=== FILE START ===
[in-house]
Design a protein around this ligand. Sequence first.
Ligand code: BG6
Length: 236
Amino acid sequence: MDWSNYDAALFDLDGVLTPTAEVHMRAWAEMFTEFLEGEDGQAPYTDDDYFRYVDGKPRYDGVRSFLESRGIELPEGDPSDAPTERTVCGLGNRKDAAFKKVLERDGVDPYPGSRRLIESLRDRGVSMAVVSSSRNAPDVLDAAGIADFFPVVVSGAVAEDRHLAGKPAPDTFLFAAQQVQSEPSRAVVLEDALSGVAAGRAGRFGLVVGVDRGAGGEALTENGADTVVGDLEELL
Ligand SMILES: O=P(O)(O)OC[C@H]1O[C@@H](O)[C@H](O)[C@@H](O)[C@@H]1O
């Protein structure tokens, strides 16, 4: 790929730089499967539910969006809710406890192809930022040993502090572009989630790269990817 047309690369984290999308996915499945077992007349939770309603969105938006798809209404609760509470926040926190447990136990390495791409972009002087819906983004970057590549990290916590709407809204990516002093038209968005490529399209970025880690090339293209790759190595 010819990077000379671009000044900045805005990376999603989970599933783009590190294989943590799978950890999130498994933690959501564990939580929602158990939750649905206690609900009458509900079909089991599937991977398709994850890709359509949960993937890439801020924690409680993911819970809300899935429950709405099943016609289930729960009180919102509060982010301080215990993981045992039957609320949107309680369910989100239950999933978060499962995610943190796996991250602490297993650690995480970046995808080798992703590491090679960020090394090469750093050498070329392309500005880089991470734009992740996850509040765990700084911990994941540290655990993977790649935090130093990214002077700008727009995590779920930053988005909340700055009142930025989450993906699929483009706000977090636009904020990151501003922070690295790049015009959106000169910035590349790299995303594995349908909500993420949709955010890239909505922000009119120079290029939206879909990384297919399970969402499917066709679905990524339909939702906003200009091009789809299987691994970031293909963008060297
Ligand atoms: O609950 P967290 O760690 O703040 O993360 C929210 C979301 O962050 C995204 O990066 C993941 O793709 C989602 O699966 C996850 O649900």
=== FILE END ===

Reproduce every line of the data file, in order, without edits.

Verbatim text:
[in-house]
Design a protein around this ligand. Sequence first.
Ligand code: BG6
Length: 236
Amino acid sequence: MDWSNYDAALFDLDGVLTPTAEVHMRAWAEMFTEFLEGEDGQAPYTDDDYFRYVDGKPRYDGVRSFLESRGIELPEGDPSDAPTERTVCGLGNRKDAAFKKVLERDGVDPYPGSRRLIESLRDRGVSMAVVSSSRNAPDVLDAAGIADFFPVVVSGAVAEDRHLAGKPAPDTFLFAAQQVQSEPSRAVVLEDALSGVAAGRAGRFGLVVGVDRGAGGEALTENGADTVVGDLEELL
Ligand SMILES: O=P(O)(O)OC[C@H]1O[C@@H](O)[C@H](O)[C@@H](O)[C@@H]1O
């Protein structure tokens, strides 16, 4: 790929730089499967539910969006809710406890192809930022040993502090572009989630790269990817 047309690369984290999308996915499945077992007349939770309603969105938006798809209404609760509470926040926190447990136990390495791409972009002087819906983004970057590549990290916590709407809204990516002093038209968005490529399209970025880690090339293209790759190595 010819990077000379671009000044900045805005990376999603989970599933783009590190294989943590799978950890999130498994933690959501564990939580929602158990939750649905206690609900009458509900079909089991599937991977398709994850890709359509949960993937890439801020924690409680993911819970809300899935429950709405099943016609289930729960009180919102509060982010301080215990993981045992039957609320949107309680369910989100239950999933978060499962995610943190796996991250602490297993650690995480970046995808080798992703590491090679960020090394090469750093050498070329392309500005880089991470734009992740996850509040765990700084911990994941540290655990993977790649935090130093990214002077700008727009995590779920930053988005909340700055009142930025989450993906699929483009706000977090636009904020990151501003922070690295790049015009959106000169910035590349790299995303594995349908909500993420949709955010890239909505922000009119120079290029939206879909990384297919399970969402499917066709679905990524339909939702906003200009091009789809299987691994970031293909963008060297
Ligand atoms: O609950 P967290 O760690 O703040 O993360 C929210 C979301 O962050 C995204 O990066 C993941 O793709 C989602 O699966 C996850 O649900």